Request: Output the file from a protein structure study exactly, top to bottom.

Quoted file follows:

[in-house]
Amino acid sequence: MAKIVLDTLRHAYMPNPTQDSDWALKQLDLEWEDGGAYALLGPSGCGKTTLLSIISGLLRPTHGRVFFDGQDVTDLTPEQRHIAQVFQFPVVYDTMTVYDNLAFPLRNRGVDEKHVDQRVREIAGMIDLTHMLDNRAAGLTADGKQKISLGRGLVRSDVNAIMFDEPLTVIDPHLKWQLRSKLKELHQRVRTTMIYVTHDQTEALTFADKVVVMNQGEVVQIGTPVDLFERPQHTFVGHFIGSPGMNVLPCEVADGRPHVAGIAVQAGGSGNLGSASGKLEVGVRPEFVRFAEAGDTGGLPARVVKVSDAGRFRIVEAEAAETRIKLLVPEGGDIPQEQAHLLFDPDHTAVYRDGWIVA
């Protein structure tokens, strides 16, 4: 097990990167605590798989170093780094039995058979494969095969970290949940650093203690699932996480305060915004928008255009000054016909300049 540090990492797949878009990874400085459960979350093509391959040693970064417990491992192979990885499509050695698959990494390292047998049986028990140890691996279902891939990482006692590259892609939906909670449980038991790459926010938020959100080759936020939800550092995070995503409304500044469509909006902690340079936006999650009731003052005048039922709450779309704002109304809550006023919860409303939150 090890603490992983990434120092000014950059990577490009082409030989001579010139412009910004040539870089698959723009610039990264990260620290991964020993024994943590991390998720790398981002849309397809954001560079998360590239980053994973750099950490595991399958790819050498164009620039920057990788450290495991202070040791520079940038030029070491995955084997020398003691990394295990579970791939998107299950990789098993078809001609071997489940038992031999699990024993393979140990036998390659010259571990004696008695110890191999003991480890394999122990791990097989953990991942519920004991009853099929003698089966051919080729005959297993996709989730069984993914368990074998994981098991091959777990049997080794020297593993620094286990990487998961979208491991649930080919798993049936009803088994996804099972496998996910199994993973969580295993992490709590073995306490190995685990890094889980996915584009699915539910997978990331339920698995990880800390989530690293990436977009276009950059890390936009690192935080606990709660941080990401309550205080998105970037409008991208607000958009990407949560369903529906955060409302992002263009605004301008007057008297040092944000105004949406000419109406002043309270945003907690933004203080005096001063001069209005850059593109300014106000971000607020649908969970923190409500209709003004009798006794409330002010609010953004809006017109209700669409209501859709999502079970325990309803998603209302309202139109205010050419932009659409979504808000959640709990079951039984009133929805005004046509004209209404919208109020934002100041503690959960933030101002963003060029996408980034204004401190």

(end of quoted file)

[in-house]
Amino acid sequence: MAKIVLDTLRHAYMPNPTQDSDWALKQLDLEWEDGGAYALLGPSGCGKTTLLSIISGLLRPTHGRVFFDGQDVTDLTPEQRHIAQVFQFPVVYDTMTVYDNLAFPLRNRGVDEKHVDQRVREIAGMIDLTHMLDNRAAGLTADGKQKISLGRGLVRSDVNAIMFDEPLTVIDPHLKWQLRSKLKELHQRVRTTMIYVTHDQTEALTFADKVVVMNQGEVVQIGTPVDLFERPQHTFVGHFIGSPGMNVLPCEVADGRPHVAGIAVQAGGSGNLGSASGKLEVGVRPEFVRFAEAGDTGGLPARVVKVSDAGRFRIVEAEAAETRIKLLVPEGGDIPQEQAHLLFDPDHTAVYRDGWIVA
């Protein structure tokens, strides 16, 4: 097990990167605590798989170093780094039995058979494969095969970290949940650093203690699932996480305060915004928008255009000054016909300049 540090990492797949878009990874400085459960979350093509391959040693970064417990491992192979990885499509050695698959990494390292047998049986028990140890691996279902891939990482006692590259892609939906909670449980038991790459926010938020959100080759936020939800550092995070995503409304500044469509909006902690340079936006999650009731003052005048039922709450779309704002109304809550006023919860409303939150 090890603490992983990434120092000014950059990577490009082409030989001579010139412009910004040539870089698959723009610039990264990260620290991964020993024994943590991390998720790398981002849309397809954001560079998360590239980053994973750099950490595991399958790819050498164009620039920057990788450290495991202070040791520079940038030029070491995955084997020398003691990394295990579970791939998107299950990789098993078809001609071997489940038992031999699990024993393979140990036998390659010259571990004696008695110890191999003991480890394999122990791990097989953990991942519920004991009853099929003698089966051919080729005959297993996709989730069984993914368990074998994981098991091959777990049997080794020297593993620094286990990487998961979208491991649930080919798993049936009803088994996804099972496998996910199994993973969580295993992490709590073995306490190995685990890094889980996915584009699915539910997978990331339920698995990880800390989530690293990436977009276009950059890390936009690192935080606990709660941080990401309550205080998105970037409008991208607000958009990407949560369903529906955060409302992002263009605004301008007057008297040092944000105004949406000419109406002043309270945003907690933004203080005096001063001069209005850059593109300014106000971000607020649908969970923190409500209709003004009798006794409330002010609010953004809006017109209700669409209501859709999502079970325990309803998603209302309202139109205010050419932009659409979504808000959640709990079951039984009133929805005004046509004209209404919208109020934002100041503690959960933030101002963003060029996408980034204004401190």